Saturday, October 21, 2006

The Friendliest Man in the World

There are a few characters on the school campus and around town that me and Andrew and a few of the other teachers know. We tend not to learn their Chinese names, and instead they are referred to by titles such as the Friendly Man, the Friendly Man's Daughter, the Apricot Tea Lady, Mr. My-Head's-Going-to-Explode, the Honest Widow, Fruit Man, The Man Who Pretends He Doesn't Speak English, or the Cool Girl in the Photocopy Shop. Mostly I've befriended a few of these people through Andrew, who talks to absolutely everybody in Chinese and on most days will have hours of random conversations. In quite a number of my Chinese conversations, maybe most of them, I am asked "where is Tian Ming [his Chinese name]?", "why didn't you call your Scottish friend?", or simply reminded "Andrew's Chinese is really good!" in case I had forgotten or not noticed. However, this works out well for me, as I am so poor at starting conversation with strangers in any language, and being friends with Andrew is definitely good for my Chinese.

Two days ago I was walking across campus to get some lunch, when I ran into the Friendly Man going in the other direction. The Friendly Man owns a convenience store near our apartments and is just as excited to see you the 42nd time you enter his store as he is on the first visit. I can't go in there if I actually intend to buy something and leave within 5 minutes, because he insists I have a seat and attempt to chat for at least 20 minutes. He is a good source of conversation practice because, as Andrew once said, "he doesn't mind having a boring conversation".

He was in a particularly friendly mood that day, so friendly that he actually invited me to his home to have lunch with him. This was the first time I had seen his home, and one of a fairly small number of invites to homes. His apartment wasn't half bad at all, and as is common was decorated with a few odd bits of Western culture, including a calendar with sports cars and a large framed picture next to the television of two Western children kissing. Chinese hospitality to a foreigner is often excessive by foreign standards - of the three dishes he made one was an entire fish, which he refused to touch and encouraged me to eat to the point of annoyance. I would have really rather he didn't, since I don't even like fish in China (usually too spicy and dealing with a thousand deadly bones with chopsticks is not my idea of a good time). The fish was probably for the family dinner, and though the generosity is appreciated I wish more Chinese people realized that most foreigners would prefer to have less of a fuss made out of us.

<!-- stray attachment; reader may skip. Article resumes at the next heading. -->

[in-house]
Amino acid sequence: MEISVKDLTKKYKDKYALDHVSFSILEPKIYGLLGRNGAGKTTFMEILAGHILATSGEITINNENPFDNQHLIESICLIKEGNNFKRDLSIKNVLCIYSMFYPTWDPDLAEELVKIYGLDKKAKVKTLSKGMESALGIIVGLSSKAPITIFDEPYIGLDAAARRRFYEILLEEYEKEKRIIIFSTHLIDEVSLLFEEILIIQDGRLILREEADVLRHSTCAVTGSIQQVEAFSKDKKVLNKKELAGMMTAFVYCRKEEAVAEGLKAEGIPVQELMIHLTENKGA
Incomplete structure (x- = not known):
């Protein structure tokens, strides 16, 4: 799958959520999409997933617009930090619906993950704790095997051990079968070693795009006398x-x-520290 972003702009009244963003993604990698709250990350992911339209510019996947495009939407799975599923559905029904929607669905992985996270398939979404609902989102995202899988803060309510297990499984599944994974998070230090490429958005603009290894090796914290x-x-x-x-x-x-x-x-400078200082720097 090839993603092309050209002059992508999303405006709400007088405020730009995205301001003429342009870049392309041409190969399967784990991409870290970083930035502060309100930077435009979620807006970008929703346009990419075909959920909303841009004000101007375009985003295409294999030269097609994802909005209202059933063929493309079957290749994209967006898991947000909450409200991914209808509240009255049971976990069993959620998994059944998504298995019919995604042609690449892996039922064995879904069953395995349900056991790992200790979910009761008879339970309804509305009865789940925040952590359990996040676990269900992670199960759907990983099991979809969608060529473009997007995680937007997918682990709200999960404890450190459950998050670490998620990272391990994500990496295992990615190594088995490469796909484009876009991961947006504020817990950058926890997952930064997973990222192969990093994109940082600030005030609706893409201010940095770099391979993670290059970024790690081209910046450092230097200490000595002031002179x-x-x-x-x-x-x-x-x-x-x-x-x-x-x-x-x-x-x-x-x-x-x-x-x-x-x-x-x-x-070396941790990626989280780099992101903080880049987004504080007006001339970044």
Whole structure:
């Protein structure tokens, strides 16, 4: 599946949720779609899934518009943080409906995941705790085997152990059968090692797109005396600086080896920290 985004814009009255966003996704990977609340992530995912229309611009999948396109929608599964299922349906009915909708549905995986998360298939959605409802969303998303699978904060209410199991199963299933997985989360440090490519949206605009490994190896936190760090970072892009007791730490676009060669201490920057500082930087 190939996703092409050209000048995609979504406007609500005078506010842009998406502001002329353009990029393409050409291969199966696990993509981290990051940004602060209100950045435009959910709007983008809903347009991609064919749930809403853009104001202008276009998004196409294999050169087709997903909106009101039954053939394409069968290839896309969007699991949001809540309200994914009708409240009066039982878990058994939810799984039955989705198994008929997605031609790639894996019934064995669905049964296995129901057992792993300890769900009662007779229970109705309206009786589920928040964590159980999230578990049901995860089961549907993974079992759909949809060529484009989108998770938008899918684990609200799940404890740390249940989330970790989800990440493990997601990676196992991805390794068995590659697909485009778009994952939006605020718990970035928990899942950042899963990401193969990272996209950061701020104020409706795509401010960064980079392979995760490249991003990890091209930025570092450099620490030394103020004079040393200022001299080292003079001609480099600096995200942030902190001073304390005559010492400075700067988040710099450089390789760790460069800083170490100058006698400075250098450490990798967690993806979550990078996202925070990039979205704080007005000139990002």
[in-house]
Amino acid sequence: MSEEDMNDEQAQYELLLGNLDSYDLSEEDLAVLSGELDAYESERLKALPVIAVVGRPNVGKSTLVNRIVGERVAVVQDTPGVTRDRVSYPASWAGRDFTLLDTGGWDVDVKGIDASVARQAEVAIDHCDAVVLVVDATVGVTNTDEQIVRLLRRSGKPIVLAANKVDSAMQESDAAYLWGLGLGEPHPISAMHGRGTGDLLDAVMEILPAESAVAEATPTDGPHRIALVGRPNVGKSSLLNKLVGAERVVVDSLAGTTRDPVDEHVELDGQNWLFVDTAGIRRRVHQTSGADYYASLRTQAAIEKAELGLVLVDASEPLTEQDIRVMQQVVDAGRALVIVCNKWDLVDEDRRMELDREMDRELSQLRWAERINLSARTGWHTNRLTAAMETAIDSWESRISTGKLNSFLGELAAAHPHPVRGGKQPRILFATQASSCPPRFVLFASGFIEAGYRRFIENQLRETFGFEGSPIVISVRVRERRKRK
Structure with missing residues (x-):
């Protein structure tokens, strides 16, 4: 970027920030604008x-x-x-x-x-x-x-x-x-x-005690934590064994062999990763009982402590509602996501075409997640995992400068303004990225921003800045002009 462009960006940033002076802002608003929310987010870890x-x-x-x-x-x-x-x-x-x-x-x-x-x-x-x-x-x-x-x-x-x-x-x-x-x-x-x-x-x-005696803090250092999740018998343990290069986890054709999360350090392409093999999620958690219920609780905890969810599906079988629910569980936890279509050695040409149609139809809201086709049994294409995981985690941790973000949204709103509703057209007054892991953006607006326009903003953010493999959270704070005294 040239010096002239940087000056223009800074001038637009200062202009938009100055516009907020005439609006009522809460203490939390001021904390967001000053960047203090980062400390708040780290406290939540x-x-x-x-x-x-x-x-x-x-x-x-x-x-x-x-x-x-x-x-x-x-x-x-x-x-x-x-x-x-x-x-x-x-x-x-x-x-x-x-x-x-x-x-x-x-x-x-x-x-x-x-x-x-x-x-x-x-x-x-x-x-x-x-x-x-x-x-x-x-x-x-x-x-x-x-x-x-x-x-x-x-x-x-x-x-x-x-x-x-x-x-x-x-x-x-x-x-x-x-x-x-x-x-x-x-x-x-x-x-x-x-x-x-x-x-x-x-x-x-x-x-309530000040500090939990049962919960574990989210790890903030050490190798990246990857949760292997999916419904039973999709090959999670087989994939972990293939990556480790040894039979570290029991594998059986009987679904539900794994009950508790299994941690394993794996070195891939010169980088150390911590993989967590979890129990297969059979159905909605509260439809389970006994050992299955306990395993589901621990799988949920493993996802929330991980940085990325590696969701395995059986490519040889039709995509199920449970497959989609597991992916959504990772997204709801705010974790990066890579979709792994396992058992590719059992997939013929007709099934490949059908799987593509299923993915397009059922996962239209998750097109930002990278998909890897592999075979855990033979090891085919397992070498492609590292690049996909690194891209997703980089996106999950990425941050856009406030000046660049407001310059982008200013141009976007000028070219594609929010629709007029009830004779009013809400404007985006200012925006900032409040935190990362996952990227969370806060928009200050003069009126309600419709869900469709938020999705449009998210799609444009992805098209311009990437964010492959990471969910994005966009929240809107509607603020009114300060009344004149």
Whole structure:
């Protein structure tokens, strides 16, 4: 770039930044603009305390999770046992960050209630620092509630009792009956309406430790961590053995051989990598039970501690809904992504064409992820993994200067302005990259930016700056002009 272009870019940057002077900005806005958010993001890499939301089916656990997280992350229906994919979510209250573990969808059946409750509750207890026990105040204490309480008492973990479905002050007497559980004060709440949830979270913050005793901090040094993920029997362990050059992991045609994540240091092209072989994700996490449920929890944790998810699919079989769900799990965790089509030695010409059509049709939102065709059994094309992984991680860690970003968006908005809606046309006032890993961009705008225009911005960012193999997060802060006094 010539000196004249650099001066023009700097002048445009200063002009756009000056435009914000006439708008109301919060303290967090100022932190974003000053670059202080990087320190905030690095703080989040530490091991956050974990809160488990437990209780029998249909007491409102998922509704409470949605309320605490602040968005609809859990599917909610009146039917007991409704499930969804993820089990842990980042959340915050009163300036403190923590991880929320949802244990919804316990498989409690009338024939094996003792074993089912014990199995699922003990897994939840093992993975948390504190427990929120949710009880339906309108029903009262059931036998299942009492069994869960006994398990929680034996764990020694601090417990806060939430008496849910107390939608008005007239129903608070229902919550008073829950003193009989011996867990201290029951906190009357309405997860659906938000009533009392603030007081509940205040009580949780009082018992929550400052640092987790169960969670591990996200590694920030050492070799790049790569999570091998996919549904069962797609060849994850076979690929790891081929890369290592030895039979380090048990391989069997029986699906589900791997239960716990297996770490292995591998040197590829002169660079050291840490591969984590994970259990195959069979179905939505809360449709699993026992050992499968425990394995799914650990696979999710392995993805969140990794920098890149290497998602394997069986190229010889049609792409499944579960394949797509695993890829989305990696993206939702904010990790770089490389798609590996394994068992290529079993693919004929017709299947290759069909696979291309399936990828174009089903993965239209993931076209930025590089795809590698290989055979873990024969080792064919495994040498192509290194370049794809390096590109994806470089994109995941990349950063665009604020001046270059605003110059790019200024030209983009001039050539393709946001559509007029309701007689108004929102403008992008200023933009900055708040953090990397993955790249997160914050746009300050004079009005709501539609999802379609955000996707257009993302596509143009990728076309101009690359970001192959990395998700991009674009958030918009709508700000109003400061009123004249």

Last weekend an English speech competition was held in Lanzhou, with competitors from all over Gansu province. Three students were sent from Hexi University - two third-year students and a second-year student of mine named Catherine. To my surprise and delight, of the 53 competitors 2nd and 3rd place were taken by two of the Hexi students, with Catherine coming in 3rd with her speech about the Olympics. Me, Gary, and Danielle had all helped them with their speeches and pronounciation, and it was a nice "teaching is rewarding" moment to hear of their success.

In last week's attempt to have the students think creatively (and with any luck amuse me at the same time), I followed up a reading about a digital project to contact life in space by asking them to discuss what they would send into space to represent their lives, and then write their lists on the blackboard. Many of the ideas involved photos of friends, family, babies, and the ever-popular "delicious food", and a few that me and the class got a kick out of included "a love letter to a dashing man of outer space", "beef noodles [popular local dish]", "to send Nancy and her Mr. Right to outer space", "Zhangye's mosquitoes", and "Dan's big head photo [as in the miniature photobooth photos that are popular here]". I also had them write poems in the style of a poem written by an 8-year old called "What I Would Take Out of the World". Most of the things the students would take out of the world were idealistic and serious, such as poverty and war, but there was one that made me smile written by four girls:

We would take men
Out of the world
So we don't have sad
and tears
and no marriage

1 comment:

Boot Scrubber #1 said...